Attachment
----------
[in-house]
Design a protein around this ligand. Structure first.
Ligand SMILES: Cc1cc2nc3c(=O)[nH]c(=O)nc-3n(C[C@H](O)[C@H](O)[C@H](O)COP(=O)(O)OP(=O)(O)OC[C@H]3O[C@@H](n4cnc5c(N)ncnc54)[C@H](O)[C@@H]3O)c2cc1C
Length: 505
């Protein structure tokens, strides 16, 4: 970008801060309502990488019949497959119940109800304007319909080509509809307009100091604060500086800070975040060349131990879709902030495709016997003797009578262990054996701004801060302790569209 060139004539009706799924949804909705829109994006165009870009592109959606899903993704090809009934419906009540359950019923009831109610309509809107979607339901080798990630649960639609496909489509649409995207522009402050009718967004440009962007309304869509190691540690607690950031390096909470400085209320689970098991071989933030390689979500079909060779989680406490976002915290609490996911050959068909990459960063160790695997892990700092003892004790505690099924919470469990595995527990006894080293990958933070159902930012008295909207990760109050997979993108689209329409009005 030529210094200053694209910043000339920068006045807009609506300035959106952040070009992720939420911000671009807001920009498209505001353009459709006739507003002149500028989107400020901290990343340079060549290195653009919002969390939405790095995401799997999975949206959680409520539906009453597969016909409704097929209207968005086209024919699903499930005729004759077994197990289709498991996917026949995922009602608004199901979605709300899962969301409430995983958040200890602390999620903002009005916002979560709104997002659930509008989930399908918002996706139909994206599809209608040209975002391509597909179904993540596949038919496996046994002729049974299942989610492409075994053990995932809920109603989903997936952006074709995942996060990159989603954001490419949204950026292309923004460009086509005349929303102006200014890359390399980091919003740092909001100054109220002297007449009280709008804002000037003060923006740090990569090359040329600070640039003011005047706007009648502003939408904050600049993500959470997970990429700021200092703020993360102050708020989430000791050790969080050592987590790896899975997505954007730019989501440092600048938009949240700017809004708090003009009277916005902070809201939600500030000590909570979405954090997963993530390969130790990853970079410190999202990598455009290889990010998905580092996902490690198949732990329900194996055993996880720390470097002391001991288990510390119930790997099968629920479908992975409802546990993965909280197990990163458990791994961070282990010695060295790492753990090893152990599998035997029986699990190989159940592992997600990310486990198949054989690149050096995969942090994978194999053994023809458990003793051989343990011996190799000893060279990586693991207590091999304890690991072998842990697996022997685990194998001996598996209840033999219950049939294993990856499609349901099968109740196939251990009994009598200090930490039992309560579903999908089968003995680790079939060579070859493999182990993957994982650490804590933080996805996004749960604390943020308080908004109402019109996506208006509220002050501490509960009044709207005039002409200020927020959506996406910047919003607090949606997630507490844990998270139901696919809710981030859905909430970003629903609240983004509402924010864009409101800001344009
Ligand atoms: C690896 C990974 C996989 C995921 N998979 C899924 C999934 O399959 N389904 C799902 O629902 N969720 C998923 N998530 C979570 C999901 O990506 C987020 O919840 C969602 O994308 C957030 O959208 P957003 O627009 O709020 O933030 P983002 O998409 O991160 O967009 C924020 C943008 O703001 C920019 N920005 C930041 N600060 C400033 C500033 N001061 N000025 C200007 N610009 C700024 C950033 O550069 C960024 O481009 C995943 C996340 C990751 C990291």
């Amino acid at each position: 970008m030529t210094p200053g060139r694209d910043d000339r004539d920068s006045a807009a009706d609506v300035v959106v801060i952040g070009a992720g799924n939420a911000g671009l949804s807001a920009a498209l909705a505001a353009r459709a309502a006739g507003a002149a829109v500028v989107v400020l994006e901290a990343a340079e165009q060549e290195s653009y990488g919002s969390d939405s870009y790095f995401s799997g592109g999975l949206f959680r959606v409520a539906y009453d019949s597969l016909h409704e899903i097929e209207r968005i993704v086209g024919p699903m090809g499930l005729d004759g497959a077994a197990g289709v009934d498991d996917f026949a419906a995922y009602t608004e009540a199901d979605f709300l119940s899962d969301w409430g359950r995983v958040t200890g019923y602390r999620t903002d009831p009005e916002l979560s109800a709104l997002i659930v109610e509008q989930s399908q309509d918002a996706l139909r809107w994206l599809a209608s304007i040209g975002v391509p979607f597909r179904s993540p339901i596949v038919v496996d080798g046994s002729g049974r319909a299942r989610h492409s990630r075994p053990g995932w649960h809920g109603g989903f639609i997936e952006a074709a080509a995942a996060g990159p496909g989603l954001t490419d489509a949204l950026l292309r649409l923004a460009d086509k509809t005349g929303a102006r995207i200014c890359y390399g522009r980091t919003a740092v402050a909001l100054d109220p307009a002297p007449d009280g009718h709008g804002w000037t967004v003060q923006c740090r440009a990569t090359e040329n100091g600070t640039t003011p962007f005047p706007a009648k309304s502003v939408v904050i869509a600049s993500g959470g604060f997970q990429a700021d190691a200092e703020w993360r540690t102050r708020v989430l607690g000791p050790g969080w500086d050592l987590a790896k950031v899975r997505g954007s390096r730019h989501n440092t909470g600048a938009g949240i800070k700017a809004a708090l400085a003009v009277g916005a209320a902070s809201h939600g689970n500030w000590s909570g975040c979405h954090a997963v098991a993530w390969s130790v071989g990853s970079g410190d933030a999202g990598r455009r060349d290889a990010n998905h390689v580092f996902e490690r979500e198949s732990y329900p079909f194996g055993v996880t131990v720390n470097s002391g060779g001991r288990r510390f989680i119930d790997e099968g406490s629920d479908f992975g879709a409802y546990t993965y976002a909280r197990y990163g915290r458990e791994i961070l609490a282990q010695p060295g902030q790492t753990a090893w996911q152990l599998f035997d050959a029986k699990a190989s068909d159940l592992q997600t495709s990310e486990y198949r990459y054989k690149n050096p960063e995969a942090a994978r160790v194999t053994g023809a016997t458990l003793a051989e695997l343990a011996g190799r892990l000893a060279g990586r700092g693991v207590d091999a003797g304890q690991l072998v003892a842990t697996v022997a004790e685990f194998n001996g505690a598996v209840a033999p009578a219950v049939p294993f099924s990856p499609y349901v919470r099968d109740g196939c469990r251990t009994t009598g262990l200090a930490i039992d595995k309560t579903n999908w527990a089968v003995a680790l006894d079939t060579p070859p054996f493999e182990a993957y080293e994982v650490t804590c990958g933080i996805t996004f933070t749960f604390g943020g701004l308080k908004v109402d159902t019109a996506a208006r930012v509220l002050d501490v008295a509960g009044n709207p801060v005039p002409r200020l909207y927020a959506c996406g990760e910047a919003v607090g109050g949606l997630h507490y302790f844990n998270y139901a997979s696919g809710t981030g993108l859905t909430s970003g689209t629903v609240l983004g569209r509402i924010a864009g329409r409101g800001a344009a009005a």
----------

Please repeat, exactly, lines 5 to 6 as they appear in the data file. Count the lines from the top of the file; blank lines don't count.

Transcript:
């Protein structure tokens, strides 16, 4: 970008801060309502990488019949497959119940109800304007319909080509509809307009100091604060500086800070975040060349131990879709902030495709016997003797009578262990054996701004801060302790569209 060139004539009706799924949804909705829109994006165009870009592109959606899903993704090809009934419906009540359950019923009831109610309509809107979607339901080798990630649960639609496909489509649409995207522009402050009718967004440009962007309304869509190691540690607690950031390096909470400085209320689970098991071989933030390689979500079909060779989680406490976002915290609490996911050959068909990459960063160790695997892990700092003892004790505690099924919470469990595995527990006894080293990958933070159902930012008295909207990760109050997979993108689209329409009005 030529210094200053694209910043000339920068006045807009609506300035959106952040070009992720939420911000671009807001920009498209505001353009459709006739507003002149500028989107400020901290990343340079060549290195653009919002969390939405790095995401799997999975949206959680409520539906009453597969016909409704097929209207968005086209024919699903499930005729004759077994197990289709498991996917026949995922009602608004199901979605709300899962969301409430995983958040200890602390999620903002009005916002979560709104997002659930509008989930399908918002996706139909994206599809209608040209975002391509597909179904993540596949038919496996046994002729049974299942989610492409075994053990995932809920109603989903997936952006074709995942996060990159989603954001490419949204950026292309923004460009086509005349929303102006200014890359390399980091919003740092909001100054109220002297007449009280709008804002000037003060923006740090990569090359040329600070640039003011005047706007009648502003939408904050600049993500959470997970990429700021200092703020993360102050708020989430000791050790969080050592987590790896899975997505954007730019989501440092600048938009949240700017809004708090003009009277916005902070809201939600500030000590909570979405954090997963993530390969130790990853970079410190999202990598455009290889990010998905580092996902490690198949732990329900194996055993996880720390470097002391001991288990510390119930790997099968629920479908992975409802546990993965909280197990990163458990791994961070282990010695060295790492753990090893152990599998035997029986699990190989159940592992997600990310486990198949054989690149050096995969942090994978194999053994023809458990003793051989343990011996190799000893060279990586693991207590091999304890690991072998842990697996022997685990194998001996598996209840033999219950049939294993990856499609349901099968109740196939251990009994009598200090930490039992309560579903999908089968003995680790079939060579070859493999182990993957994982650490804590933080996805996004749960604390943020308080908004109402019109996506208006509220002050501490509960009044709207005039002409200020927020959506996406910047919003607090949606997630507490844990998270139901696919809710981030859905909430970003629903609240983004509402924010864009409101800001344009
Ligand atoms: C690896 C990974 C996989 C995921 N998979 C899924 C999934 O399959 N389904 C799902 O629902 N969720 C998923 N998530 C979570 C999901 O990506 C987020 O919840 C969602 O994308 C957030 O959208 P957003 O627009 O709020 O933030 P983002 O998409 O991160 O967009 C924020 C943008 O703001 C920019 N920005 C930041 N600060 C400033 C500033 N001061 N000025 C200007 N610009 C700024 C950033 O550069 C960024 O481009 C995943 C996340 C990751 C990291």